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Discussion Starter · #6 ·
41mag said:
After I read your thread I Googled light gas guns.WOW!The links I found were re.guns w/barrel lenghts around 20m.Fit that in your pocket!
The barrel length chosen depends on the volume of the chamber and the caliber.

41mag said:
I realize that they were test barrels but I have one question?
Why not have a second gas cartridge behind the gun powder? to cool the bore?I mean,from the breech,have a gas(cooling),powder,gas(accelerating)projectile lineup.
For me the biggest timetaker when using research guns is mounting and positioning the target. After the shot you are busy examining the data and the test target.

Target work is tedious. The violent impact of the projectile inevitably damages backstops, which you must repair. I've frequently had nearby circuitry in the target chamber pulverized by flying pieces of target, so that has to be rebuilt for the next shot. The bore is cool long before the next shot. You're typically doing one to six shots a day.

I was just reading an article about the .220Swift this morning that talked(again)about how max loads had a "blowtorch"effect on the barrel & that obviously was w/speeds a small percentage of what a lgg is capable of.It seems to me that if you could have a cooling gas delayed behind the propellant gas(es)then,maybe,you could both extend the bores life & speed up a following shot.The few articles I started to read seemed like proof of concept like tests.Kinda like"hey!kool toy!i wonder what would happen if ..."& the "if" never came.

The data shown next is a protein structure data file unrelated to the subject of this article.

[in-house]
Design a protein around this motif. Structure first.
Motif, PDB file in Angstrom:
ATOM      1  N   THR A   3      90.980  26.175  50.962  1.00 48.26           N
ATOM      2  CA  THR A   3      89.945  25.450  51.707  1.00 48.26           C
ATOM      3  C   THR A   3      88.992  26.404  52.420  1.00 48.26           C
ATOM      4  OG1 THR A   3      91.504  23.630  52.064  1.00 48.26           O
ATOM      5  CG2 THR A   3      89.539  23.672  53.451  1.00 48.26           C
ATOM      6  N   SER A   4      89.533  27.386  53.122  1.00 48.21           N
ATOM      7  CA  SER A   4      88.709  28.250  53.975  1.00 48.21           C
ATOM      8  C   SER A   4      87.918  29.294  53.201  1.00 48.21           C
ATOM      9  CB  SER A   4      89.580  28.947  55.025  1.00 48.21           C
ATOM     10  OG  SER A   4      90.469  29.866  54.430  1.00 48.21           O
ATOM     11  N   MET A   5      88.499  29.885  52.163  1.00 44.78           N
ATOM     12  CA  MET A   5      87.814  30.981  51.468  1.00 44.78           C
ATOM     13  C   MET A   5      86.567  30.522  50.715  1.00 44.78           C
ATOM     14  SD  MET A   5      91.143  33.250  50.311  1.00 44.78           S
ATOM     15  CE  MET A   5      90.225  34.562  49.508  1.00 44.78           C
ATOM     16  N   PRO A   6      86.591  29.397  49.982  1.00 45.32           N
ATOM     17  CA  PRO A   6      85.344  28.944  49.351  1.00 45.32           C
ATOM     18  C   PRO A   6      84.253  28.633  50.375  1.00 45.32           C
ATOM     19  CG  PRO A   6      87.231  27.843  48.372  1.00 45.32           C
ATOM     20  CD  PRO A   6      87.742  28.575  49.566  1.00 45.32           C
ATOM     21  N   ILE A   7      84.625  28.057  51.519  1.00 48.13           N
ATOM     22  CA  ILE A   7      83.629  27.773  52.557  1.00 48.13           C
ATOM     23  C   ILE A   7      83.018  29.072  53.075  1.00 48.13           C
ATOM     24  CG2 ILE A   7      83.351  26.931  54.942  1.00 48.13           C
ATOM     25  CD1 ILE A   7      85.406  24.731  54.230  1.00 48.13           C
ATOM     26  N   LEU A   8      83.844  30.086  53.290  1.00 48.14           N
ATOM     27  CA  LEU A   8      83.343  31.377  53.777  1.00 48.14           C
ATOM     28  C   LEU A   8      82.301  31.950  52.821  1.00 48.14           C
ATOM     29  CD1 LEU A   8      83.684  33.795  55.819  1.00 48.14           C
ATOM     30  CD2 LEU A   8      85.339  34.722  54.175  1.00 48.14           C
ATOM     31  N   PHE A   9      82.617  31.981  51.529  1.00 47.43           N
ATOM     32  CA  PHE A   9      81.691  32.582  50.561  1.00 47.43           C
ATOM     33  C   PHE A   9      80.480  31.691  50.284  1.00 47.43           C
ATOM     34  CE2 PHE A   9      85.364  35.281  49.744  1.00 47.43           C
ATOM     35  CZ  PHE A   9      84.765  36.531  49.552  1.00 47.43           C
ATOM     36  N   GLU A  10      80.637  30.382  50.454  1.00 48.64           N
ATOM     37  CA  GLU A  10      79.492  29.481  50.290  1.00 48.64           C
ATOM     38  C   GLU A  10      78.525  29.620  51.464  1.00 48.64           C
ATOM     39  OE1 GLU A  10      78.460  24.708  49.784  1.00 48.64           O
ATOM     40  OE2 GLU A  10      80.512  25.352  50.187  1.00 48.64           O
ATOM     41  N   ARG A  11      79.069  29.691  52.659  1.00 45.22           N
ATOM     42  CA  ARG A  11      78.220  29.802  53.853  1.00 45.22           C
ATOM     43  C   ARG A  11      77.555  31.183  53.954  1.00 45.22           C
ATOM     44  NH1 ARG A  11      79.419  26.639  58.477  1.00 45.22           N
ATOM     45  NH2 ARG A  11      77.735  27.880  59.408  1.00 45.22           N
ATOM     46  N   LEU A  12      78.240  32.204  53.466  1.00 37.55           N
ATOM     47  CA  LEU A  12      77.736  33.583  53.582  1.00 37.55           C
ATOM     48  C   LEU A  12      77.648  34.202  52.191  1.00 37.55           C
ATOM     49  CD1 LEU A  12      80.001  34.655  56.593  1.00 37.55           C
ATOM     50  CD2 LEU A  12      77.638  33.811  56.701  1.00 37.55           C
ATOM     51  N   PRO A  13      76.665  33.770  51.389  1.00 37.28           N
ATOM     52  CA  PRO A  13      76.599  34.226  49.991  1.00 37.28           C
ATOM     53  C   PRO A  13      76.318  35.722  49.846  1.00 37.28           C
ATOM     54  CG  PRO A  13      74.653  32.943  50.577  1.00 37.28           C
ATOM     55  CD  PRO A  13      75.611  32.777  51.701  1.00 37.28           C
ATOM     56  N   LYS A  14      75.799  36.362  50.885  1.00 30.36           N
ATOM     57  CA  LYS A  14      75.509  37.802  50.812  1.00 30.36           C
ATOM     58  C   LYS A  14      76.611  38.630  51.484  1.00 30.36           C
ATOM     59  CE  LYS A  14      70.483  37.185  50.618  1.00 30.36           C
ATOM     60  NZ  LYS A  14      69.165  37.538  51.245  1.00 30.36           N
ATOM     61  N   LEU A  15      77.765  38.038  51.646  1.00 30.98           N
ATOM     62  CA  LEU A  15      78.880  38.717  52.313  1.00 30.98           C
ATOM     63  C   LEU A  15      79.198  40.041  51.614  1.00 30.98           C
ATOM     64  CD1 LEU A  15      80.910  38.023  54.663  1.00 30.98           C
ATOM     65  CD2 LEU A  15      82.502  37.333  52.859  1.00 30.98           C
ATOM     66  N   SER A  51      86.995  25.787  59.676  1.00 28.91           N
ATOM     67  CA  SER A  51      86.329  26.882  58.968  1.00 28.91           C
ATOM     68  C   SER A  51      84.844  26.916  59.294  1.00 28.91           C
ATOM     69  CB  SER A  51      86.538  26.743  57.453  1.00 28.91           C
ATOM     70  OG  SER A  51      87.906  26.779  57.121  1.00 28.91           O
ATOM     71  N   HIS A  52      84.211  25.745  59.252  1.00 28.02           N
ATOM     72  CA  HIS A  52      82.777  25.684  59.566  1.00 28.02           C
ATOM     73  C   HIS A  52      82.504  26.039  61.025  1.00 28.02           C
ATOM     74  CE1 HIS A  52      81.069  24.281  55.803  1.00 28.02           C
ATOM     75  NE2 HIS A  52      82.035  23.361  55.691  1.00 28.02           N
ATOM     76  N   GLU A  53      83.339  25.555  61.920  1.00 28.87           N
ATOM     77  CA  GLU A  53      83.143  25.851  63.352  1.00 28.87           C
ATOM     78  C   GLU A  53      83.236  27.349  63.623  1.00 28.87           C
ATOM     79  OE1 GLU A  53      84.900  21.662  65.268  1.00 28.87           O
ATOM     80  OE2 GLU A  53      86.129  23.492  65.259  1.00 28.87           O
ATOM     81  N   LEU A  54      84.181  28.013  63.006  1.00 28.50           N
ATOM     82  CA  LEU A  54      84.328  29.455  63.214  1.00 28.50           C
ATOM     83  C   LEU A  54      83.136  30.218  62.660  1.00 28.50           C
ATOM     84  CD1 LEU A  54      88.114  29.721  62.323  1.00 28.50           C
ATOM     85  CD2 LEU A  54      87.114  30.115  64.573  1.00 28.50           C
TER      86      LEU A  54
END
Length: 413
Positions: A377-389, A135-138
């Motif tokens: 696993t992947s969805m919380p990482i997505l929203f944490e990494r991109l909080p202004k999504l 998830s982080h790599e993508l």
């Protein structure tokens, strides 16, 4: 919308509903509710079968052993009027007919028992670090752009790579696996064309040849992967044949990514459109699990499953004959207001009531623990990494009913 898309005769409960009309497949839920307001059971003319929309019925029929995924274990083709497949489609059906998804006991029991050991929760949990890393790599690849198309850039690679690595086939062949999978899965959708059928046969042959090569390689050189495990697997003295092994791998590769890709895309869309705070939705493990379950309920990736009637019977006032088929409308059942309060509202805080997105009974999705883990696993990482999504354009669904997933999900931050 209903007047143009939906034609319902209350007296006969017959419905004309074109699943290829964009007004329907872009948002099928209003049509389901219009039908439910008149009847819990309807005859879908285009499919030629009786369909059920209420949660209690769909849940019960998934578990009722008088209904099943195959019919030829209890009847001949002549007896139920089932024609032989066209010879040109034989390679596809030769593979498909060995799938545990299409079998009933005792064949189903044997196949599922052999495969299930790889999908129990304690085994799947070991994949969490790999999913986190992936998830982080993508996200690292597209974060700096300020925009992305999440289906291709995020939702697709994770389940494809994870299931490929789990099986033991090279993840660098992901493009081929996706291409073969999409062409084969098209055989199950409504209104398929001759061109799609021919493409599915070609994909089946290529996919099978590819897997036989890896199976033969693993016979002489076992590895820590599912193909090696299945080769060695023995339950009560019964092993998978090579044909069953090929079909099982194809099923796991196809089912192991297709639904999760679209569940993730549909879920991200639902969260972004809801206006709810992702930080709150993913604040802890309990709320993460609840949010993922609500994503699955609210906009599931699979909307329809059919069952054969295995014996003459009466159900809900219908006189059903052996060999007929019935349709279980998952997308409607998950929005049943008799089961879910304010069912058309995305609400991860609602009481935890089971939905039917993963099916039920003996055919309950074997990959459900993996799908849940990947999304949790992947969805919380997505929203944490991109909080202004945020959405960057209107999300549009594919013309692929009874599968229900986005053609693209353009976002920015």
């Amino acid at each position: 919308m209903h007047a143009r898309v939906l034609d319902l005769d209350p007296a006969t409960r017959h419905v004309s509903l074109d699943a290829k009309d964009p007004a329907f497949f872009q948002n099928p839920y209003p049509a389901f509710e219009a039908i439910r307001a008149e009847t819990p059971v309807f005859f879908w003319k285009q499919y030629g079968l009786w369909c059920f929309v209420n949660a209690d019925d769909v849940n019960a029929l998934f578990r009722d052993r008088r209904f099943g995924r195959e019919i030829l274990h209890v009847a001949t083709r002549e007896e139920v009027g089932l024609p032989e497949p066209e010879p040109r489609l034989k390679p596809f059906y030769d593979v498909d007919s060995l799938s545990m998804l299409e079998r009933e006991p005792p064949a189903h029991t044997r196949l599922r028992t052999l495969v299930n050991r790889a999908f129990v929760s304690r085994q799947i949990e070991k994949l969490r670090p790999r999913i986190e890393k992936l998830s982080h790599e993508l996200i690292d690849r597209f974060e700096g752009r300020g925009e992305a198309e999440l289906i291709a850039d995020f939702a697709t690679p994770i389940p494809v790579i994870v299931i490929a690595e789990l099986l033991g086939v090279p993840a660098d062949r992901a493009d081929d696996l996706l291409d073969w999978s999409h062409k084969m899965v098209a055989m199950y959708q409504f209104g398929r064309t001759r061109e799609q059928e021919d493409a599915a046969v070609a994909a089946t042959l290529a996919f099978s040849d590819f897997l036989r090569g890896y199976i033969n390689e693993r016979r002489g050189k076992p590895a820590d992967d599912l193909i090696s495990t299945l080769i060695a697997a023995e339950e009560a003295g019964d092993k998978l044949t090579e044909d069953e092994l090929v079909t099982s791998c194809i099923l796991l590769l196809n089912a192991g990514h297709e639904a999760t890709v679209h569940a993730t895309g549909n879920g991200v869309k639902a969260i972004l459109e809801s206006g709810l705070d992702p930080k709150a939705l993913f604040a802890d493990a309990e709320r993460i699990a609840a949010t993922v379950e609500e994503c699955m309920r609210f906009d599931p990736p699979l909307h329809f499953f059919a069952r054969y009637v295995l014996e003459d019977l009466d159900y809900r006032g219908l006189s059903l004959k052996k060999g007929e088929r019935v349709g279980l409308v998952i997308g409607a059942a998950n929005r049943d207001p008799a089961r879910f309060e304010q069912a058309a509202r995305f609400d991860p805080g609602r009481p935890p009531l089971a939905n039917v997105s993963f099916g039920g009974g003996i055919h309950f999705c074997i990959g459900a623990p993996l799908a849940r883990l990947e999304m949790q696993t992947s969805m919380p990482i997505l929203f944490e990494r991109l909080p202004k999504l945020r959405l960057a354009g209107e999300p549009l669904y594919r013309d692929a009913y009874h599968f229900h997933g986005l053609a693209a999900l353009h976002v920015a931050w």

Or am I all wet?
What you have suggested is a really good idea. Since LGG chambers require filling with helium, their rate of fire is too slow to overheat during research use.
 

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Discussion Starter · #7 ·
41mag said:
After I read your thread I Googled light gas guns.WOW!The links I found were re.guns w/barrel lenghts around 20m.Fit that in your pocket!
I am familiar with one LGG that is described as 29m long with a bore of 5mm and a barrel of 1m.